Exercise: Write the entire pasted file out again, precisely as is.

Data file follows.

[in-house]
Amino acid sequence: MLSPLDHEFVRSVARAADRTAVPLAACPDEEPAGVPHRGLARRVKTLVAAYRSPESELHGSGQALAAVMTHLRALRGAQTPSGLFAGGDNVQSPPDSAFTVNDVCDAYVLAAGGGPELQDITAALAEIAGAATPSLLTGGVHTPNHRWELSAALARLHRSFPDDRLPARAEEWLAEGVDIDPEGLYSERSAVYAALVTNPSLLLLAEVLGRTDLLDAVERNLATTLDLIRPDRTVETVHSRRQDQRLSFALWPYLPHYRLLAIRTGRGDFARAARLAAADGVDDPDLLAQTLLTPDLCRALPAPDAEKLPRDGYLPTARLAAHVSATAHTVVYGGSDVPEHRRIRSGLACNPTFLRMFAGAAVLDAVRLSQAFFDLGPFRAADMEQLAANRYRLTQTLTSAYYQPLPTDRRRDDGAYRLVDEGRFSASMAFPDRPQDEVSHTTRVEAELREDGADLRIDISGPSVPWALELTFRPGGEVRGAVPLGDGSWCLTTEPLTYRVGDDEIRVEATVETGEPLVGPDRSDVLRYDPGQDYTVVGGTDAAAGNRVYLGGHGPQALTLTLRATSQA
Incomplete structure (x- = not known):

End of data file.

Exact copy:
[in-house]
Amino acid sequence: MLSPLDHEFVRSVARAADRTAVPLAACPDEEPAGVPHRGLARRVKTLVAAYRSPESELHGSGQALAAVMTHLRALRGAQTPSGLFAGGDNVQSPPDSAFTVNDVCDAYVLAAGGGPELQDITAALAEIAGAATPSLLTGGVHTPNHRWELSAALARLHRSFPDDRLPARAEEWLAEGVDIDPEGLYSERSAVYAALVTNPSLLLLAEVLGRTDLLDAVERNLATTLDLIRPDRTVETVHSRRQDQRLSFALWPYLPHYRLLAIRTGRGDFARAARLAAADGVDDPDLLAQTLLTPDLCRALPAPDAEKLPRDGYLPTARLAAHVSATAHTVVYGGSDVPEHRRIRSGLACNPTFLRMFAGAAVLDAVRLSQAFFDLGPFRAADMEQLAANRYRLTQTLTSAYYQPLPTDRRRDDGAYRLVDEGRFSASMAFPDRPQDEVSHTTRVEAELREDGADLRIDISGPSVPWALELTFRPGGEVRGAVPLGDGSWCLTTEPLTYRVGDDEIRVEATVETGEPLVGPDRSDVLRYDPGQDYTVVGGTDAAAGNRVYLGGHGPQALTLTLRATSQA
Incomplete structure (x- = not known):